Researchers from the Imperial School of Public Health have conducted the most comprehensive assessment to date of the relationship between highly processed foods and the risk of developing cancer. Ultra-processed foods are foodstuffs that are heavily processed during their production, such as sodas, mass-produced packaged breads, many convenience meals, and most breakfast cereals.
Ultra-processed foods are generally relatively inexpensive, convenient and heavily marketed, and are often viewed as healthy options. But these foods are also often higher in salt, fat, sugar, and contain artificial additives. They are now well documented to be linked to a number of poor health outcomes, including obesity, type 2 diabetes, and cardiovascular disease.
The first study of its kind in the UK used UK Biobank records to gather information on the diets of 200,000 middle-aged adult participants. The researchers monitored the participants’ health over a 10-year period and looked at the overall risk of developing any cancer, as well as the risk of developing 34 types of cancer. They also looked at people’s risk of dying from cancer.
The study found that higher consumption of ultra-processed foods was associated with a higher risk of developing cancer in general and with ovarian and brain cancers in particular. It has also been associated with an increased risk of dying from cancer, particularly ovarian and breast cancers.
For every 10 percent increase in ultra-processed food in a person’s diet, there was a 2 percent increase in the incidence of cancer overall and a 19 percent increase in ovarian cancer in particular.
Every 10 percent increase in ultra-processed food consumption was associated with a 16 percent increase in breast cancer and a 30 percent increase in ovarian cancer, as well as a 6 percent increase in cancer deaths overall.
These links remained after adjusting for a range of socio-economic, behavioral, and nutritional factors, such as smoking status, physical activity, and body mass index (BMI).
The Imperial team conducted the study, published in eClinicalMedicine, in collaboration with researchers from the International Agency for Research on Cancer (IARC), the University of São Paulo, and the NOVA University of Lisbon.
Previous research by the team reported consumption levels of ultra-processed foods for both adults and children in the UK, with the highest in Europe. The team also found that higher consumption of ultra-processed foods was associated with greater risk of developing type 2 diabetes in UK adults and greater weight gain in UK children spanning from childhood to young adulthood.
Dr Eszter Vamos, lead author of the study, from Imperial College London’s School of Public Health, said: “This study adds to the growing evidence that highly processed foods can adversely affect our health, including our risk. Given the high consumption levels in adults and children in the UK, this has important implications for future health outcomes.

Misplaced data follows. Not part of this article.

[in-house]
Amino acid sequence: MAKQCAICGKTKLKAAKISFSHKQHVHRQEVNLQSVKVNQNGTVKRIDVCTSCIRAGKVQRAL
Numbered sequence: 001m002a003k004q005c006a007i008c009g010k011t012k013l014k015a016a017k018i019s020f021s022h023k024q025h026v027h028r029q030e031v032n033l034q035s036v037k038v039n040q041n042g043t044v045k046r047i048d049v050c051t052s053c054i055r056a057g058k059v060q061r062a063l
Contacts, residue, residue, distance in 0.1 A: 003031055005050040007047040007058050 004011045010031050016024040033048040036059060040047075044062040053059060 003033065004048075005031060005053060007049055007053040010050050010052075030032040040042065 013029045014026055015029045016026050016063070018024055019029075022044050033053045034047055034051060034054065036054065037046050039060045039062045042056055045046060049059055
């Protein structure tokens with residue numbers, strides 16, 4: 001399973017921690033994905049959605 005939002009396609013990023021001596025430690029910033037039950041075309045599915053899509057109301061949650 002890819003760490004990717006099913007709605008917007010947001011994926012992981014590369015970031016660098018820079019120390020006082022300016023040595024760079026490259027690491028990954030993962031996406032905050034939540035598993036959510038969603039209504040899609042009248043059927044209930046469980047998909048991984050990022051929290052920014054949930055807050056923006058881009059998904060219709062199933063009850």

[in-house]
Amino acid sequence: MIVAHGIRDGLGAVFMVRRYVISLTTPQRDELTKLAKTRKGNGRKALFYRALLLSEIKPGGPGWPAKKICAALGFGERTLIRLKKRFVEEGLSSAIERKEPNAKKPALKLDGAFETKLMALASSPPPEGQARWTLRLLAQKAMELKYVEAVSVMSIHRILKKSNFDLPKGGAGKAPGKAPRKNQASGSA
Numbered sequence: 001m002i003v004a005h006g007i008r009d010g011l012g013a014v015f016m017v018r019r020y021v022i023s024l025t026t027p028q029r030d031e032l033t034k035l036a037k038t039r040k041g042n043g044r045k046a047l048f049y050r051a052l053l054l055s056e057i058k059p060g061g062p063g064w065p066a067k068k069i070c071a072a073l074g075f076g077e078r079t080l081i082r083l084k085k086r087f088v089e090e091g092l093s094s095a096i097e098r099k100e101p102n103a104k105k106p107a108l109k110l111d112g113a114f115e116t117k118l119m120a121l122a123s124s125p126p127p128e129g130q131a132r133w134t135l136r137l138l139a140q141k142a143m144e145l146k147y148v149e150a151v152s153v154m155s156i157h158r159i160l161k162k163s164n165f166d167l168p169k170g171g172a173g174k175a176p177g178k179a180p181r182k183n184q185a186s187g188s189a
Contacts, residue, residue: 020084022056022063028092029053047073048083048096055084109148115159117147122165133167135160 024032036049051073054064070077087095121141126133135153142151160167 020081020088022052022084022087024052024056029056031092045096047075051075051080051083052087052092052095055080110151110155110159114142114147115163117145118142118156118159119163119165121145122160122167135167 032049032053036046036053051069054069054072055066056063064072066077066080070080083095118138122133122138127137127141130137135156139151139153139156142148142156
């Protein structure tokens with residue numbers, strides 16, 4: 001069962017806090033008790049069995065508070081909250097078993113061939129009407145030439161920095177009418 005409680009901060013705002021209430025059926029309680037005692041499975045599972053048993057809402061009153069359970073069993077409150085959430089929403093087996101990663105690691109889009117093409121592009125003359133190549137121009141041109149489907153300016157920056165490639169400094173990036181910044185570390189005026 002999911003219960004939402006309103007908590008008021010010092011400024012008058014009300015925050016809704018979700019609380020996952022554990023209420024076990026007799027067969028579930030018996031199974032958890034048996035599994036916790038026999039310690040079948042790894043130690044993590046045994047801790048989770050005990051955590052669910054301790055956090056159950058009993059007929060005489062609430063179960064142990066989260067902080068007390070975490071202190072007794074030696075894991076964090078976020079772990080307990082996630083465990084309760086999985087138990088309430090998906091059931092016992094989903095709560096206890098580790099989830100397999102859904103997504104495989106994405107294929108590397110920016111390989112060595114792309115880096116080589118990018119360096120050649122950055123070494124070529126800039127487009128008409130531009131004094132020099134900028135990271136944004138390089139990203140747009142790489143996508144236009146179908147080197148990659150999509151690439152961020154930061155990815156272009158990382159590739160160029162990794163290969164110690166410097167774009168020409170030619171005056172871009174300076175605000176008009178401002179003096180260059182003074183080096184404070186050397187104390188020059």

“While our study cannot prove a causal relationship, other available evidence suggests that reducing hyperprocessed foods in our diet can provide significant health benefits. More research is needed to confirm these findings and understand the best public health strategies to reduce the prevalence and harm of highly processed foods in our diet. ”
Dr Kiara Chang, first author of the study, from Imperial College London’s School of Public Health, said: “The average person in the UK consumes more than half of their daily energy intake from ultra-processed foods. This is extremely high and of concern, as ultra-processed foods are produced with industrially derived ingredients and often use food additives to adjust color, taste, consistency, texture or extend shelf life.
“Our bodies may not respond to these ultra-processed ingredients and additives as they do to minimally processed fresh and nutritious foods. However, highly processed foods are ubiquitous and highly marketed with cheap price and attractive packaging to encourage consumption. This shows that our food environment needs urgent reform to protect the population from ultra-processed foods.”
The World Health Organization and the United Nations Food and Agriculture Organization have previously recommended limiting highly processed foods as part of a healthy and sustainable diet.
There are ongoing efforts to reduce ultra-processed food consumption worldwide, with countries such as Brazil, France and Canada updating their national dietary guidelines with recommendations to limit such foods. Brazil has also banned the marketing of over-processed foods in schools. There is currently no similar measure in the UK to combat excessively processed foods.
“Low-income households are particularly vulnerable to these cheap and unhealthy ultra-processed foods. Minimally processed and freshly prepared meals should be subsidized to ensure everyone has access to healthy, nutritious and affordable options.”
The researchers note that their study was observational, so due to the observational nature of the research, it did not show a causal link between highly processed foods and cancer. More work in this area is needed to establish a causal link.
This work was funded by Cancer Research UK and the World Cancer Research Fund.